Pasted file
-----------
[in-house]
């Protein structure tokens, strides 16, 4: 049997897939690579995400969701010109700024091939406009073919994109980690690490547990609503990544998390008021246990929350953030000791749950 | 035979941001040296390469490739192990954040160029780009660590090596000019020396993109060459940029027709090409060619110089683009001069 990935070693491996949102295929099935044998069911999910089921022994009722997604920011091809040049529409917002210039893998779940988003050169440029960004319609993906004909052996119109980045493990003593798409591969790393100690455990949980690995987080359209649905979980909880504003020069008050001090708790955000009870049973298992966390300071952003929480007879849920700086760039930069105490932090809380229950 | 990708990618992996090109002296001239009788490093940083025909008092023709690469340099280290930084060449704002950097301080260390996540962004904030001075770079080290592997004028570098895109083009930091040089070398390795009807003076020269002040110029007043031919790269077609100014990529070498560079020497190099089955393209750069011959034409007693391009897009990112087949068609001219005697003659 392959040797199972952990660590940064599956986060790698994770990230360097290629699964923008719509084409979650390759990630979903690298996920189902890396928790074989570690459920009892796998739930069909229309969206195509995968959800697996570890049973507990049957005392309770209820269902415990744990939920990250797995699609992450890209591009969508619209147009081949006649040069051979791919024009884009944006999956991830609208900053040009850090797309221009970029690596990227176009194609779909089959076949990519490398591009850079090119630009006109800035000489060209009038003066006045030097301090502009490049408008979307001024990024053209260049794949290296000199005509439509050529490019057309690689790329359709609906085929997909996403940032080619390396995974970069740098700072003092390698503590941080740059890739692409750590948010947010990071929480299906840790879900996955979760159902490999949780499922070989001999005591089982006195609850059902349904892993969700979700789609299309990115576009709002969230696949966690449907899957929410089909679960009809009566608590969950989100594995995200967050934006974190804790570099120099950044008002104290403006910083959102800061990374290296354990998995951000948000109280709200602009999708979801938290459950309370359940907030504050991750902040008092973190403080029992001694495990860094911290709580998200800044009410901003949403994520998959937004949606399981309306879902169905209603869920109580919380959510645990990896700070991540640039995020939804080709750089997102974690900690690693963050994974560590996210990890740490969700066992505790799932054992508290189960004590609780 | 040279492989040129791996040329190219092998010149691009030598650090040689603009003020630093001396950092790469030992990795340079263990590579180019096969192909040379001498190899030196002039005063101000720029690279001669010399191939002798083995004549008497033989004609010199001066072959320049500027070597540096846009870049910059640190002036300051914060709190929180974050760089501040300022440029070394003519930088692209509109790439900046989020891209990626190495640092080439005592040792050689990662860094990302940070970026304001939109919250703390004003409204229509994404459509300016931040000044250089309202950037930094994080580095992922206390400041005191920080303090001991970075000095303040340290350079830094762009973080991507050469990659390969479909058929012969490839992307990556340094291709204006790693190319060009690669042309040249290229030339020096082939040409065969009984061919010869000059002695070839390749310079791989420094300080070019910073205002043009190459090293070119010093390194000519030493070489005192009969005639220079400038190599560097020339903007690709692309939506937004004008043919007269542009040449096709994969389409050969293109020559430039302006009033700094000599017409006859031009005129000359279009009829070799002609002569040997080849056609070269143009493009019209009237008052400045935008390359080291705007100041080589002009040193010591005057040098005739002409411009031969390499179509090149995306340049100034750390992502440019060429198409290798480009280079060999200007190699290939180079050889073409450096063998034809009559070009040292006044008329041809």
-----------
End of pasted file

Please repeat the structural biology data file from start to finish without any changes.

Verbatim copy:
[in-house]
């Protein structure tokens, strides 16, 4: 049997897939690579995400969701010109700024091939406009073919994109980690690490547990609503990544998390008021246990929350953030000791749950 | 035979941001040296390469490739192990954040160029780009660590090596000019020396993109060459940029027709090409060619110089683009001069 990935070693491996949102295929099935044998069911999910089921022994009722997604920011091809040049529409917002210039893998779940988003050169440029960004319609993906004909052996119109980045493990003593798409591969790393100690455990949980690995987080359209649905979980909880504003020069008050001090708790955000009870049973298992966390300071952003929480007879849920700086760039930069105490932090809380229950 | 990708990618992996090109002296001239009788490093940083025909008092023709690469340099280290930084060449704002950097301080260390996540962004904030001075770079080290592997004028570098895109083009930091040089070398390795009807003076020269002040110029007043031919790269077609100014990529070498560079020497190099089955393209750069011959034409007693391009897009990112087949068609001219005697003659 392959040797199972952990660590940064599956986060790698994770990230360097290629699964923008719509084409979650390759990630979903690298996920189902890396928790074989570690459920009892796998739930069909229309969206195509995968959800697996570890049973507990049957005392309770209820269902415990744990939920990250797995699609992450890209591009969508619209147009081949006649040069051979791919024009884009944006999956991830609208900053040009850090797309221009970029690596990227176009194609779909089959076949990519490398591009850079090119630009006109800035000489060209009038003066006045030097301090502009490049408008979307001024990024053209260049794949290296000199005509439509050529490019057309690689790329359709609906085929997909996403940032080619390396995974970069740098700072003092390698503590941080740059890739692409750590948010947010990071929480299906840790879900996955979760159902490999949780499922070989001999005591089982006195609850059902349904892993969700979700789609299309990115576009709002969230696949966690449907899957929410089909679960009809009566608590969950989100594995995200967050934006974190804790570099120099950044008002104290403006910083959102800061990374290296354990998995951000948000109280709200602009999708979801938290459950309370359940907030504050991750902040008092973190403080029992001694495990860094911290709580998200800044009410901003949403994520998959937004949606399981309306879902169905209603869920109580919380959510645990990896700070991540640039995020939804080709750089997102974690900690690693963050994974560590996210990890740490969700066992505790799932054992508290189960004590609780 | 040279492989040129791996040329190219092998010149691009030598650090040689603009003020630093001396950092790469030992990795340079263990590579180019096969192909040379001498190899030196002039005063101000720029690279001669010399191939002798083995004549008497033989004609010199001066072959320049500027070597540096846009870049910059640190002036300051914060709190929180974050760089501040300022440029070394003519930088692209509109790439900046989020891209990626190495640092080439005592040792050689990662860094990302940070970026304001939109919250703390004003409204229509994404459509300016931040000044250089309202950037930094994080580095992922206390400041005191920080303090001991970075000095303040340290350079830094762009973080991507050469990659390969479909058929012969490839992307990556340094291709204006790693190319060009690669042309040249290229030339020096082939040409065969009984061919010869000059002695070839390749310079791989420094300080070019910073205002043009190459090293070119010093390194000519030493070489005192009969005639220079400038190599560097020339903007690709692309939506937004004008043919007269542009040449096709994969389409050969293109020559430039302006009033700094000599017409006859031009005129000359279009009829070799002609002569040997080849056609070269143009493009019209009237008052400045935008390359080291705007100041080589002009040193010591005057040098005739002409411009031969390499179509090149995306340049100034750390992502440019060429198409290798480009280079060999200007190699290939180079050889073409450096063998034809009559070009040292006044008329041809």